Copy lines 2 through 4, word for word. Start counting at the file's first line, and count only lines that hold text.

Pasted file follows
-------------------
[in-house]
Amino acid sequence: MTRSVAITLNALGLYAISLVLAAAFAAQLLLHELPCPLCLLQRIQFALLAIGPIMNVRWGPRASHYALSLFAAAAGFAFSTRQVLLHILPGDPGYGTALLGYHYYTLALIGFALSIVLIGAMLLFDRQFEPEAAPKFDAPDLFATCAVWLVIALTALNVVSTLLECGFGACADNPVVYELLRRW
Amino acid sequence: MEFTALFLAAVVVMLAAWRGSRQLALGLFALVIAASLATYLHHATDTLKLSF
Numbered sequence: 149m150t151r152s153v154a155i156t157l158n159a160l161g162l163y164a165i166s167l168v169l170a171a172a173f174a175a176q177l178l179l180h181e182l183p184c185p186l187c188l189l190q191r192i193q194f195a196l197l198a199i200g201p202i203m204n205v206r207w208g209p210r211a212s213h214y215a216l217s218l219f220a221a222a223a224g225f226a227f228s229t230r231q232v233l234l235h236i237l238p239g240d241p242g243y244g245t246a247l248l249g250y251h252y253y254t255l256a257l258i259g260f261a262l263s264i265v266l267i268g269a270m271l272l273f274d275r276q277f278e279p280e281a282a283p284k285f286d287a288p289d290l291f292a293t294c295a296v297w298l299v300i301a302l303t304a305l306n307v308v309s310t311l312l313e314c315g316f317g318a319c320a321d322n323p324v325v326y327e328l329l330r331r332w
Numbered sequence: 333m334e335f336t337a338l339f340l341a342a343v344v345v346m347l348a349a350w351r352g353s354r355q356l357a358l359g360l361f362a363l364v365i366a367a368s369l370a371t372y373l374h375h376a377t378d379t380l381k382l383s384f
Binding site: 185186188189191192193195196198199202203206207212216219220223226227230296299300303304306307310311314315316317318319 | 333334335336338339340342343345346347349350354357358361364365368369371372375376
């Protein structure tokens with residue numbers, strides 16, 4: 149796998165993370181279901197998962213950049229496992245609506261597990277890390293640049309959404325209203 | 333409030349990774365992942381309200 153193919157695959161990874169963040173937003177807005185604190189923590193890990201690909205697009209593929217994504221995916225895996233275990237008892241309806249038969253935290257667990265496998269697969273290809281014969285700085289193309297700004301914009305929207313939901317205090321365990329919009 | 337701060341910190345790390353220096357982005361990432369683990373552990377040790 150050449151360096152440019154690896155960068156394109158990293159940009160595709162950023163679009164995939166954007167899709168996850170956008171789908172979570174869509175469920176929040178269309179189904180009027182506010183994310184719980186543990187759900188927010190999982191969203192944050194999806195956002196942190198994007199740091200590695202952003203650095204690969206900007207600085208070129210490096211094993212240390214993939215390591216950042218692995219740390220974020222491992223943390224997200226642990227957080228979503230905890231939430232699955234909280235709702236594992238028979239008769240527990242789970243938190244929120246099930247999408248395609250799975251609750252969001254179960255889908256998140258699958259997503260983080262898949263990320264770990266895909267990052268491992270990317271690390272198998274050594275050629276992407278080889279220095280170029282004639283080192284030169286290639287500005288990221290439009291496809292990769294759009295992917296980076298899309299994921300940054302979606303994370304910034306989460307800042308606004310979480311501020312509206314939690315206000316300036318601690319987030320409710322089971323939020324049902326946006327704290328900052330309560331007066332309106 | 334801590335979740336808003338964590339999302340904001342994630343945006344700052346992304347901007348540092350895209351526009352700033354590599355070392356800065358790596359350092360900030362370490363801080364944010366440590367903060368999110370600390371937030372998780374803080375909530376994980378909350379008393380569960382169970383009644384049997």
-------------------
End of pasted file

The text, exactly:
Amino acid sequence: MTRSVAITLNALGLYAISLVLAAAFAAQLLLHELPCPLCLLQRIQFALLAIGPIMNVRWGPRASHYALSLFAAAAGFAFSTRQVLLHILPGDPGYGTALLGYHYYTLALIGFALSIVLIGAMLLFDRQFEPEAAPKFDAPDLFATCAVWLVIALTALNVVSTLLECGFGACADNPVVYELLRRW
Amino acid sequence: MEFTALFLAAVVVMLAAWRGSRQLALGLFALVIAASLATYLHHATDTLKLSF
Numbered sequence: 149m150t151r152s153v154a155i156t157l158n159a160l161g162l163y164a165i166s167l168v169l170a171a172a173f174a175a176q177l178l179l180h181e182l183p184c185p186l187c188l189l190q191r192i193q194f195a196l197l198a199i200g201p202i203m204n205v206r207w208g209p210r211a212s213h214y215a216l217s218l219f220a221a222a223a224g225f226a227f228s229t230r231q232v233l234l235h236i237l238p239g240d241p242g243y244g245t246a247l248l249g250y251h252y253y254t255l256a257l258i259g260f261a262l263s264i265v266l267i268g269a270m271l272l273f274d275r276q277f278e279p280e281a282a283p284k285f286d287a288p289d290l291f292a293t294c295a296v297w298l299v300i301a302l303t304a305l306n307v308v309s310t311l312l313e314c315g316f317g318a319c320a321d322n323p324v325v326y327e328l329l330r331r332w